Luíza Bastos Lages is a PhD student in the Department of Ethnic Studies at UC Berkeley where she is the recipient of the Berkeley Fellowship and the Silverman Fellowship. Luíza comes from Itabirito, Brazil, the ancestral and unceded land of the Guarachués. She is a multimedia artist with a Masters in Art, Culture, and Technology from MIT (2020), an Architecture and Urban Planning BA and Professional degree from Universidade Federal de Minas Gerais, Brazil, (2013) as well as experience in praxical research devised alongside communities and anti-capitalist social movements.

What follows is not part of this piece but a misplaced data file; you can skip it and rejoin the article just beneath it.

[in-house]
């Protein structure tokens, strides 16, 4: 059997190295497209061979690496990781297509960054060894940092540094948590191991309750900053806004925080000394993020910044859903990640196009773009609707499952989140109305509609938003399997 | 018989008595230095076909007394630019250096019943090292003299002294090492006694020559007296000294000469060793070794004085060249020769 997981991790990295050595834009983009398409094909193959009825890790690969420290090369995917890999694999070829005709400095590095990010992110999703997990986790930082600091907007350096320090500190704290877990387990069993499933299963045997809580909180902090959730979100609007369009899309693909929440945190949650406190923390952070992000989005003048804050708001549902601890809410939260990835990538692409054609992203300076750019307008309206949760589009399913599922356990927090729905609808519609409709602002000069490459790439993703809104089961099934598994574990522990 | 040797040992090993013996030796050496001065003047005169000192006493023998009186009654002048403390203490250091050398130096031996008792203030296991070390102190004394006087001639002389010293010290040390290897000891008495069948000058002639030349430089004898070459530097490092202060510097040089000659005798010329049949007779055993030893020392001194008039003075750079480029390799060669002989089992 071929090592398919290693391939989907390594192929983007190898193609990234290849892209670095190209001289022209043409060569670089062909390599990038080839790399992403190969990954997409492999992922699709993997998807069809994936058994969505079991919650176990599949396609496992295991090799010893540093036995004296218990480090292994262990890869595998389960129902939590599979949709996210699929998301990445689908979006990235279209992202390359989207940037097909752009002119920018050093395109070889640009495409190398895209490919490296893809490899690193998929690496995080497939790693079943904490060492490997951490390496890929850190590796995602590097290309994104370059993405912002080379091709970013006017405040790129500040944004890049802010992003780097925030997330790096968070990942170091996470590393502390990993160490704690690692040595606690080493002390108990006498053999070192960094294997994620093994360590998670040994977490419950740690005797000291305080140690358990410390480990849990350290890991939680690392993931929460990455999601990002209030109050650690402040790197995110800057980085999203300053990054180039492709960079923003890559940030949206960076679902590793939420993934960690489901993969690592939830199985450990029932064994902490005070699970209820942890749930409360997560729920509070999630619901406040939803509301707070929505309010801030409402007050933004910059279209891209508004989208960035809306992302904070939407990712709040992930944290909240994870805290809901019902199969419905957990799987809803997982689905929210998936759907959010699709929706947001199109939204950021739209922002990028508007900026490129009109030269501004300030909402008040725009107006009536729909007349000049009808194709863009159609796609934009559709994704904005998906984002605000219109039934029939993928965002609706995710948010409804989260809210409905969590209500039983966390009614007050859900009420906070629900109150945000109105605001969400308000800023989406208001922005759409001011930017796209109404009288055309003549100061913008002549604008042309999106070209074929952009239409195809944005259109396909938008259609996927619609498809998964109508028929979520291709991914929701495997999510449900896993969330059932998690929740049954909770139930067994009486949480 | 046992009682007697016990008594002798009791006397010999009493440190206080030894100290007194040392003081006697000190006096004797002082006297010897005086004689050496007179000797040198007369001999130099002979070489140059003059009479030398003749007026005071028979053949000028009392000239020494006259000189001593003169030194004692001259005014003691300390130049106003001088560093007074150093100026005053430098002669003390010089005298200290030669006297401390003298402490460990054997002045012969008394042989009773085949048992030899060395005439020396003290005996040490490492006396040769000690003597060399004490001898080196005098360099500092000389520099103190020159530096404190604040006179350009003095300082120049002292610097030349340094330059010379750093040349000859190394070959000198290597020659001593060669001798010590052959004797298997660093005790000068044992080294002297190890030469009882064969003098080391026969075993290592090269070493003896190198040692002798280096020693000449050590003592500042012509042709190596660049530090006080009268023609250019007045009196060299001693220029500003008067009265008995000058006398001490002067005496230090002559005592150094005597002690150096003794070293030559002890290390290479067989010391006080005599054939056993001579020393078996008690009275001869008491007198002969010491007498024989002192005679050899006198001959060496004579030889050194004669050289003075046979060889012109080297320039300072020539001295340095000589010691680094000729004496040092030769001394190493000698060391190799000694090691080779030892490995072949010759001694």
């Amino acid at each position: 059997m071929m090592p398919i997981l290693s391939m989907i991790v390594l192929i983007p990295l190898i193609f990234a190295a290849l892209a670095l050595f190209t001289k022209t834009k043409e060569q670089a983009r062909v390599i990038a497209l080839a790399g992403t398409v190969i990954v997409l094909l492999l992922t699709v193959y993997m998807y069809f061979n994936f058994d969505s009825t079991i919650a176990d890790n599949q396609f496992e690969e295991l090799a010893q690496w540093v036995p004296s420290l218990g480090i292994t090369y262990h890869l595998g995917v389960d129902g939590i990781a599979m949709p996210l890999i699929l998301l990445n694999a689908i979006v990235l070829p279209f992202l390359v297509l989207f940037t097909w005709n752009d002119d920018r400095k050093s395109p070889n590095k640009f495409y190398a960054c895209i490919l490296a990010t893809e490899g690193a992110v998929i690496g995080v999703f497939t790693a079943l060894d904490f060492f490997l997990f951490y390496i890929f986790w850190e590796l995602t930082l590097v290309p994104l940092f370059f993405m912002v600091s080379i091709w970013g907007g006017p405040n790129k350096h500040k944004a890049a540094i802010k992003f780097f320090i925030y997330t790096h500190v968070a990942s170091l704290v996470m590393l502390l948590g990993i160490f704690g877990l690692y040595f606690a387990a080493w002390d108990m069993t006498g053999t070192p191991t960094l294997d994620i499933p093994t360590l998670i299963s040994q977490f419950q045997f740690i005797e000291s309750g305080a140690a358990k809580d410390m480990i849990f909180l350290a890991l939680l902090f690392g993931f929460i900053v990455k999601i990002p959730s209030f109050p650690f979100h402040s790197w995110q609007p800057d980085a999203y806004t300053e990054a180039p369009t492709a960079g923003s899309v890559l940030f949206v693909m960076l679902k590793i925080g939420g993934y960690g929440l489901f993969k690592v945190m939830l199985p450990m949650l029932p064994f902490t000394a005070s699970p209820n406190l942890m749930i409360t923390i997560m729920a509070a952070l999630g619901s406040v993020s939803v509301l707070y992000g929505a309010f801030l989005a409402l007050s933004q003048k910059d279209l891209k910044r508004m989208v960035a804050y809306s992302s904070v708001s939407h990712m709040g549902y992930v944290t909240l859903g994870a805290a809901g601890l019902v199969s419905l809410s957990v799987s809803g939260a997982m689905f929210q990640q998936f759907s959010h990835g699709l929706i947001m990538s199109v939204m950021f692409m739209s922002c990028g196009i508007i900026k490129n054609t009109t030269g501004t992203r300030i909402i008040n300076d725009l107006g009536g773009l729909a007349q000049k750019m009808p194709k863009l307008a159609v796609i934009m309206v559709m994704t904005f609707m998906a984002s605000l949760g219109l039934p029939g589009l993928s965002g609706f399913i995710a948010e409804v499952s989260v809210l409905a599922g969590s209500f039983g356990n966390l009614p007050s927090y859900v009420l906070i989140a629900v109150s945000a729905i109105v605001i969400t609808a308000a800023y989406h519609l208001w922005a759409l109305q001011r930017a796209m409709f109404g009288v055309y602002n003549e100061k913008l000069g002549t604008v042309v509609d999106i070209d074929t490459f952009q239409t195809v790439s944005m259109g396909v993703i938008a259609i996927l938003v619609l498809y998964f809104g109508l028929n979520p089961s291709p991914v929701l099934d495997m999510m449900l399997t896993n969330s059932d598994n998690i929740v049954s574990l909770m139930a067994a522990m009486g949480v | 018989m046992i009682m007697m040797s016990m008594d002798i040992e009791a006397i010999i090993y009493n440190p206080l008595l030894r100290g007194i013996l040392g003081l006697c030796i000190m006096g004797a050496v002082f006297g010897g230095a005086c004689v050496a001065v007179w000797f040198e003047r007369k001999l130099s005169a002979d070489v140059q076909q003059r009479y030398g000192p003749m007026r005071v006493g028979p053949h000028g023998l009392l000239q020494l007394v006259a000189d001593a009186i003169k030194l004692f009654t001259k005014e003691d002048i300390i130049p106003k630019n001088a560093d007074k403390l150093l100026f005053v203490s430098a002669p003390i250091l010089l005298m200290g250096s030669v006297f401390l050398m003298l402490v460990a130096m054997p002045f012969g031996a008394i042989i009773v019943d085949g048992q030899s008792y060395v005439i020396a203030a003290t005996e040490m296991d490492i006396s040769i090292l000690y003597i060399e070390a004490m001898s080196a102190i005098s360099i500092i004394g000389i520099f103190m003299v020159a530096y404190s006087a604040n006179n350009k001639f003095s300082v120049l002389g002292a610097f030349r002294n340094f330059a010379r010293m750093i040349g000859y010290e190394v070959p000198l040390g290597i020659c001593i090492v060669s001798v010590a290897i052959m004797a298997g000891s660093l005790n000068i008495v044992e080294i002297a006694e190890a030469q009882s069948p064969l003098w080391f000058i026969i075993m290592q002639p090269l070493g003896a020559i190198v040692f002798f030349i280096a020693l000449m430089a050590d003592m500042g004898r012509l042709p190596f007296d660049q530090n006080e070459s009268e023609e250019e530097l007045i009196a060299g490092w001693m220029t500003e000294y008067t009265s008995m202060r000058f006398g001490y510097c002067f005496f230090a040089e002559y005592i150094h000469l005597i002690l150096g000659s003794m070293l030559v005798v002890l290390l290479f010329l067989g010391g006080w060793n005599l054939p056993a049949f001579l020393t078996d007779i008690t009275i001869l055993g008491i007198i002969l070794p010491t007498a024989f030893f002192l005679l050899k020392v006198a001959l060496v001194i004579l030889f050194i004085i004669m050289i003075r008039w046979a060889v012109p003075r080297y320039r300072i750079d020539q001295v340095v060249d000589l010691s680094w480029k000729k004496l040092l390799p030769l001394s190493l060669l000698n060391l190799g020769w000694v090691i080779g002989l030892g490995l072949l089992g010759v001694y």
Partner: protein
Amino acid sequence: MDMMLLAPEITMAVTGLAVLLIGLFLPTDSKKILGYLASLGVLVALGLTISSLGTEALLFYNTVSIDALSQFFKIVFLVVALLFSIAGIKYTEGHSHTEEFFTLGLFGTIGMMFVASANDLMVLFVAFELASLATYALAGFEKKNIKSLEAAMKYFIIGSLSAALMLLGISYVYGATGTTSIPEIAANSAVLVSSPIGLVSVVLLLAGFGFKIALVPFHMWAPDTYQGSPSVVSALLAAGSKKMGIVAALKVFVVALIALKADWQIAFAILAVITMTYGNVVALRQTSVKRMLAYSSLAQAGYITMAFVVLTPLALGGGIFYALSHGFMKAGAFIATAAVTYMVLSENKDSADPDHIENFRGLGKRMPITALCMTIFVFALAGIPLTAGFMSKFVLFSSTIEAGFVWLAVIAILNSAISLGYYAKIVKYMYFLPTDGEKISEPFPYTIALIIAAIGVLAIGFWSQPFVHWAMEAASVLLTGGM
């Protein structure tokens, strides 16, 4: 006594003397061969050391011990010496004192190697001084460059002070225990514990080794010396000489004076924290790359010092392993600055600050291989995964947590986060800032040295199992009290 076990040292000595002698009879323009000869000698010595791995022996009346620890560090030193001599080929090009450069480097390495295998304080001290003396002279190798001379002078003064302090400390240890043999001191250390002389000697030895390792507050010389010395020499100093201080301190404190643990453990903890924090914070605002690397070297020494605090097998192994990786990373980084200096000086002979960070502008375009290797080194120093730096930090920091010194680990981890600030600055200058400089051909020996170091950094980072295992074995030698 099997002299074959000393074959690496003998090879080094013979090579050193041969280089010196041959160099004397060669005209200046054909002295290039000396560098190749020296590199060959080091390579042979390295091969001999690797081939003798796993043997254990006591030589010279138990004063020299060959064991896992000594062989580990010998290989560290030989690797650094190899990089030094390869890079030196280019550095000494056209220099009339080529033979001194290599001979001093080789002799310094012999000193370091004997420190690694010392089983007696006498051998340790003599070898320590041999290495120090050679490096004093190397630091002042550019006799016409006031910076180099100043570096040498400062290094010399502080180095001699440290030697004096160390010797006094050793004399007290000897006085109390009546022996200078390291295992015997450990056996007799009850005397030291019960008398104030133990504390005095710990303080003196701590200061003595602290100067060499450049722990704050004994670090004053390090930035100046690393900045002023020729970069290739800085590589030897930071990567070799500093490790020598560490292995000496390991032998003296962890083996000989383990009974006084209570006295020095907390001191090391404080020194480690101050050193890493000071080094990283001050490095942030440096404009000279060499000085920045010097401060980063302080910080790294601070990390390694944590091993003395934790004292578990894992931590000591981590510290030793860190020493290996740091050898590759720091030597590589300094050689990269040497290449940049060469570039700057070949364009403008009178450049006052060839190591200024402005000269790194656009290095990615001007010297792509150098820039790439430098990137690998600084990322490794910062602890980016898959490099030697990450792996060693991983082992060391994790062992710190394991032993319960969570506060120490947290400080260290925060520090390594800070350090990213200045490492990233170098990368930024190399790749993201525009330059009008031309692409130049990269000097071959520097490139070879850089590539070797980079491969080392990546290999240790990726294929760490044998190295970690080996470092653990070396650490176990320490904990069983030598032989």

At UC Berkeley, Luíza’s doctoral research centers the contemporary art practices of Indigenous, Black, and Mestiça artists from Latin America, and their diaspora in the United States, with a focus on how particular aesthetic practices articulate non-modern (non-western) knowledges and interrogate the concept of coloniality of gender—and its intrinsic hierarchies of racial categorization. Adopting an abolitionist and decolonial frameworks in dialogue with Women of Color feminist methodologies, Luíza considers how art practices may reconceptualize the human as delinked from the imposed modern colonial episteme, affirm multiple ways of existing, and elicit ‘a sensory-erotics of affinity carved out of—and in spite of—difference’ (as inspired by Chela Sandoval). By extension, she also intends to explore how specific art practices may open possibilities for a reconception of aesthetics, one detached from Enlightenment aesthetic philosophy which has decisively served to regiment hierarchies of the human, determining who gets to be a subject of rights in a liberal state.